Continuing and Vocational Education Building Brings Empowerment to Barrio Logan Community
The 68,000-square-foot Continuing Education building on the Cesar E. Chavez campus will provide vocational training and adult basic education access to the diverse Barrio Logan community.
- LEED Silver sustainable requirements were followed
- 14% lower energy use than stringent California standards
- 40% reduction of water use with drought tolerant landscaping
Built in the “Latino Architectural Style,” the project consisted of a new building to help consolidate current programs at the Cesar E. Chavez and Centre City campuses. The new building, designed by architect Martinez + Cutri, includes 22 classrooms for vocational training, English as a Second Language (ESL), Adult Basic Education (ABE), General Education Diploma (GED) preparation classes as well as Parent Education and Emeritus (55+) programs. A multi-purpose room and space for an Entrepreneurship and Small Business Management Program will also be housed in the new building.
The vision of the Continuing Education building was to reflect the target attendees, not only with the naming of the facility, but empowering the working class and celebrating the community. The location was also important; the facility has easy access to public transportation, underground parking, and bicycle storage and changing rooms on the campus. The building design takes inspiration from several important community elements including the world-famous murals at Chicano Park, San Diego Coronado Bay Bridge, Barrio Logan Trolley Station, and the solar orientation of the campus.
The design and construction of the campus integrated sustainable features with the goal of achieving a LEED Silver certification from the USGBC. Some of the energy efficient design included low flow and waterless plumbing fixtures that will reduce water consumption by over 40% and drought resistant landscaping.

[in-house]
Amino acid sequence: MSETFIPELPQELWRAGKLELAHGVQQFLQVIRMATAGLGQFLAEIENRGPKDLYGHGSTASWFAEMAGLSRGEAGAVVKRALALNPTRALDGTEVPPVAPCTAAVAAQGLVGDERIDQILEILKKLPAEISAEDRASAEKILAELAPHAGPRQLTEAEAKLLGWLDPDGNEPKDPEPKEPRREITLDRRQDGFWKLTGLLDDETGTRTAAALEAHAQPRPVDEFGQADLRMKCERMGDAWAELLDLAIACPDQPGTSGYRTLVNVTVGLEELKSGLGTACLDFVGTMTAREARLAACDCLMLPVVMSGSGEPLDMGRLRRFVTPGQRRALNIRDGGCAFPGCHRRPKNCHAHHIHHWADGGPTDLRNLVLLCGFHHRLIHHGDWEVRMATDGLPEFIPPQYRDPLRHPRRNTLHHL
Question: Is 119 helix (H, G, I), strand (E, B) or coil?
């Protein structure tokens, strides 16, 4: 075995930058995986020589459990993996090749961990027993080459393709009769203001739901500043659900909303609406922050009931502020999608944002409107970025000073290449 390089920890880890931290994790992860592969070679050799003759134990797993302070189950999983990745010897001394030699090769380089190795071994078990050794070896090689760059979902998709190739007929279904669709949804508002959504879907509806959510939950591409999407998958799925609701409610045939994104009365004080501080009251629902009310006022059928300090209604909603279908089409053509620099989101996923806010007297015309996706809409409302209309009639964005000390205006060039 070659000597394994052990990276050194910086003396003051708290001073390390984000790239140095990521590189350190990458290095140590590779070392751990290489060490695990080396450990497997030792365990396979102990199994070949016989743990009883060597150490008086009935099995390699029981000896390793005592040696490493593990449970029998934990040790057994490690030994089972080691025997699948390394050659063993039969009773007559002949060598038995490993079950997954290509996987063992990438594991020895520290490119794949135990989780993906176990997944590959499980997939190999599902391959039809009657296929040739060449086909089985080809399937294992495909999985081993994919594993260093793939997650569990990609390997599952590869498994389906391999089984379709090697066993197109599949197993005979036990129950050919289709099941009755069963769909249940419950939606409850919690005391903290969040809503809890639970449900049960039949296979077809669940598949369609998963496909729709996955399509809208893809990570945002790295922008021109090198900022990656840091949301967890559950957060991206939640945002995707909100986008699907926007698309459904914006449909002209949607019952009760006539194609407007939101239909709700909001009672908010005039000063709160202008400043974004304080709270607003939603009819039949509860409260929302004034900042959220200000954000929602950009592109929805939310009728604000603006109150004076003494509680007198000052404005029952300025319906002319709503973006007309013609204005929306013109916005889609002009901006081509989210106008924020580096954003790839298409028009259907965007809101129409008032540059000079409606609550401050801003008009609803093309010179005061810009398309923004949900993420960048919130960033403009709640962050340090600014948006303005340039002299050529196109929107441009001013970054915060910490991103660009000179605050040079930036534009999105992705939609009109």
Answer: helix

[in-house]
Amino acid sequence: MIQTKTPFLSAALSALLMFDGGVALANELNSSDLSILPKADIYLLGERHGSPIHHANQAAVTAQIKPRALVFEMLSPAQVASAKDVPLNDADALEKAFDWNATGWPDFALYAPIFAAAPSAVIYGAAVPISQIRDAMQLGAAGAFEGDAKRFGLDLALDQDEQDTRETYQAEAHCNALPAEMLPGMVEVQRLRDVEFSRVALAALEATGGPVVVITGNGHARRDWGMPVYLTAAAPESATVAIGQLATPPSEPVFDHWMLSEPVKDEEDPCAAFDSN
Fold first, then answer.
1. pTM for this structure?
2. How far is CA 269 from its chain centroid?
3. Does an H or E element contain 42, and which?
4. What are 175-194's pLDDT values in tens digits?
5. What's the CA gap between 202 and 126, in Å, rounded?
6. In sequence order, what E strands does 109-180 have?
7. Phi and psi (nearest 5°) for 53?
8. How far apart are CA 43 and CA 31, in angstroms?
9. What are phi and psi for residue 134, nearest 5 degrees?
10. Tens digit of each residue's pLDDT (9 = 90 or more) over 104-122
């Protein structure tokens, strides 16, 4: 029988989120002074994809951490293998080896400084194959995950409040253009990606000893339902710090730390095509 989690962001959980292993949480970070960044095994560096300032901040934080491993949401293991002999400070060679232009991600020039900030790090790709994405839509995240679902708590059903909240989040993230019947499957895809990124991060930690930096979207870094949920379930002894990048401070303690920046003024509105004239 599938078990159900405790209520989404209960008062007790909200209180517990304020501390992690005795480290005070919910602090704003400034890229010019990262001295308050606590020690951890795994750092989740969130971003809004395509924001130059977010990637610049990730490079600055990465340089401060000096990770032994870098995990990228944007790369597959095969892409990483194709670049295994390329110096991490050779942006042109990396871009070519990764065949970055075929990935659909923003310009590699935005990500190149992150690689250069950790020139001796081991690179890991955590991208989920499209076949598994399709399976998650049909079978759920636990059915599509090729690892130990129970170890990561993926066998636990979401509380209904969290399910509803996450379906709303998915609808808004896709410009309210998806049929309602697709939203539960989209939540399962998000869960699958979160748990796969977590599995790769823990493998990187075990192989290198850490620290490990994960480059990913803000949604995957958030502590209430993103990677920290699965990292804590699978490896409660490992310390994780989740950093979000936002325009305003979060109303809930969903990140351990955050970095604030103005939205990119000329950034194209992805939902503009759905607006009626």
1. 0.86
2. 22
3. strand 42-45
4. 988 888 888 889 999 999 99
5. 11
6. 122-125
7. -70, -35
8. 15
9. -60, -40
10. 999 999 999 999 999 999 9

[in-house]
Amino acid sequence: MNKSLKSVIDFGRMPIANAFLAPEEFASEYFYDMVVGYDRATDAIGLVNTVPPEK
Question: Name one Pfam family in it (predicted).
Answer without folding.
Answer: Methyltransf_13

Chuey's Numero Uno
Chuey’s Student Lounge honors Luis Garcia, Sr. and in particular Chuey’s Numero Uno restaurant which was a fixture at the campus intersection since 1956.
The reflective ceiling panels above the two-story lobby depict key words and ideas of the indigenous peoples as well as important places such as Machu Picchu, Teotihuacan, and Chaco Canyon. The ceiling also has a radial lighting pattern coming from the ceremonial opening of the Big Book, a burled cherry wood display containing a history of Latinos in the United States and the founding of the United Farm Workers.
“To me, this was one of the most unique projects I’ve been on. The design shows a lot of personal touches to the community. And it’s been satisfying to see how much the staff appreciates the new building.” Jesse Rodrigues, Rudolph and Sletten Project Engineer
The profile of a three-story Aztec pyramid with its upper temple clad in granite—and the logo of the United Farm Workers—can be seen on the Main Street side of the building.
“Aesthetics are a culturally based, eclectic assemblage of ordering principles, accurately responding to strong site determinants, infused with the DNA of the Latino experience, in order to inspire upward mobility via education, civic engagement, and a respect for ethnic diversity well into the next millennium.” Joe Martinez, founding Principal Martinez + Cutri architects
The brightly painted red façade facing Cesar Chavez Blvd. not only symbolizes an abstraction of a low-rider car with raised hydraulics, but also the number 20—symbolic of the ancient Mayan mathematical system. The red also represents the fire breathing serpent Kukulcan, whose oral story is found in the lobby Big Book.